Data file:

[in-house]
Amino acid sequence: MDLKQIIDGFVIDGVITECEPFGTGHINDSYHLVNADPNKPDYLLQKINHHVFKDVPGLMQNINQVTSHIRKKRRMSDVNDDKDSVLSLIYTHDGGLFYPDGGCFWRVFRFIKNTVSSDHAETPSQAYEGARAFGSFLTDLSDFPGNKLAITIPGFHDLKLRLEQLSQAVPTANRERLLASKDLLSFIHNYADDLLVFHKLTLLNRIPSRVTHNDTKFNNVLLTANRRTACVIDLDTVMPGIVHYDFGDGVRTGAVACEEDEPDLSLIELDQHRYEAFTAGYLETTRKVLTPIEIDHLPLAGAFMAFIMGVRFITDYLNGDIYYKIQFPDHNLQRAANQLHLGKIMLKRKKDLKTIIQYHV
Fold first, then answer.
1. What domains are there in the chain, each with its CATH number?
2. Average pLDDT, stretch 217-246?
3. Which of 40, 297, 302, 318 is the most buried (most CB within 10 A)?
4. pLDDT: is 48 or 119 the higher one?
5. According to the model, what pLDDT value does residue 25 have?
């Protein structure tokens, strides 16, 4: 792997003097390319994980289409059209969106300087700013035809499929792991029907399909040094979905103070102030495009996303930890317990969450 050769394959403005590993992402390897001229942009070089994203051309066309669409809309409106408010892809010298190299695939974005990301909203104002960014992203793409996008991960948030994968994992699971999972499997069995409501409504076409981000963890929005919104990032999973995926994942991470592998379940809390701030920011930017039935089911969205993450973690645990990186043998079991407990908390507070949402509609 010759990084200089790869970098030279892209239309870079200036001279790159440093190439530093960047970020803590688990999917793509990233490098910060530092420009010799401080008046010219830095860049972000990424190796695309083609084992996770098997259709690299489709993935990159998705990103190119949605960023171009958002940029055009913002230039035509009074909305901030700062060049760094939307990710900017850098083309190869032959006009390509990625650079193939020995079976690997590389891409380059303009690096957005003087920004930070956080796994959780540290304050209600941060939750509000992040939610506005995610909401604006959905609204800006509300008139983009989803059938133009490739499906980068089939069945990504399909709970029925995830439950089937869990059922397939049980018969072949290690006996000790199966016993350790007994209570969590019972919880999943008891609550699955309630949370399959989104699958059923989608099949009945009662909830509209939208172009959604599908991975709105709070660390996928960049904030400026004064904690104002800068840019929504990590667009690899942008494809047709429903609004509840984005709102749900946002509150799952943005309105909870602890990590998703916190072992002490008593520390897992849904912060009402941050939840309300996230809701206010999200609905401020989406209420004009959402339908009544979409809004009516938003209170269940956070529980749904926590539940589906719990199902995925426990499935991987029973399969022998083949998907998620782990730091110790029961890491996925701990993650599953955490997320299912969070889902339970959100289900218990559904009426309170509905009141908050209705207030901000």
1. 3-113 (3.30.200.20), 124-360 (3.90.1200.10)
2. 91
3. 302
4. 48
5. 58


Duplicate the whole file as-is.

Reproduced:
[in-house]
Amino acid sequence: MDLKQIIDGFVIDGVITECEPFGTGHINDSYHLVNADPNKPDYLLQKINHHVFKDVPGLMQNINQVTSHIRKKRRMSDVNDDKDSVLSLIYTHDGGLFYPDGGCFWRVFRFIKNTVSSDHAETPSQAYEGARAFGSFLTDLSDFPGNKLAITIPGFHDLKLRLEQLSQAVPTANRERLLASKDLLSFIHNYADDLLVFHKLTLLNRIPSRVTHNDTKFNNVLLTANRRTACVIDLDTVMPGIVHYDFGDGVRTGAVACEEDEPDLSLIELDQHRYEAFTAGYLETTRKVLTPIEIDHLPLAGAFMAFIMGVRFITDYLNGDIYYKIQFPDHNLQRAANQLHLGKIMLKRKKDLKTIIQYHV
Fold first, then answer.
1. What domains are there in the chain, each with its CATH number?
2. Average pLDDT, stretch 217-246?
3. Which of 40, 297, 302, 318 is the most buried (most CB within 10 A)?
4. pLDDT: is 48 or 119 the higher one?
5. According to the model, what pLDDT value does residue 25 have?
């Protein structure tokens, strides 16, 4: 792997003097390319994980289409059209969106300087700013035809499929792991029907399909040094979905103070102030495009996303930890317990969450 050769394959403005590993992402390897001229942009070089994203051309066309669409809309409106408010892809010298190299695939974005990301909203104002960014992203793409996008991960948030994968994992699971999972499997069995409501409504076409981000963890929005919104990032999973995926994942991470592998379940809390701030920011930017039935089911969205993450973690645990990186043998079991407990908390507070949402509609 010759990084200089790869970098030279892209239309870079200036001279790159440093190439530093960047970020803590688990999917793509990233490098910060530092420009010799401080008046010219830095860049972000990424190796695309083609084992996770098997259709690299489709993935990159998705990103190119949605960023171009958002940029055009913002230039035509009074909305901030700062060049760094939307990710900017850098083309190869032959006009390509990625650079193939020995079976690997590389891409380059303009690096957005003087920004930070956080796994959780540290304050209600941060939750509000992040939610506005995610909401604006959905609204800006509300008139983009989803059938133009490739499906980068089939069945990504399909709970029925995830439950089937869990059922397939049980018969072949290690006996000790199966016993350790007994209570969590019972919880999943008891609550699955309630949370399959989104699958059923989608099949009945009662909830509209939208172009959604599908991975709105709070660390996928960049904030400026004064904690104002800068840019929504990590667009690899942008494809047709429903609004509840984005709102749900946002509150799952943005309105909870602890990590998703916190072992002490008593520390897992849904912060009402941050939840309300996230809701206010999200609905401020989406209420004009959402339908009544979409809004009516938003209170269940956070529980749904926590539940589906719990199902995925426990499935991987029973399969022998083949998907998620782990730091110790029961890491996925701990993650599953955490997320299912969070889902339970959100289900218990559904009426309170509905009141908050209705207030901000």
1. 3-113 (3.30.200.20), 124-360 (3.90.1200.10)
2. 91
3. 302
4. 48
5. 58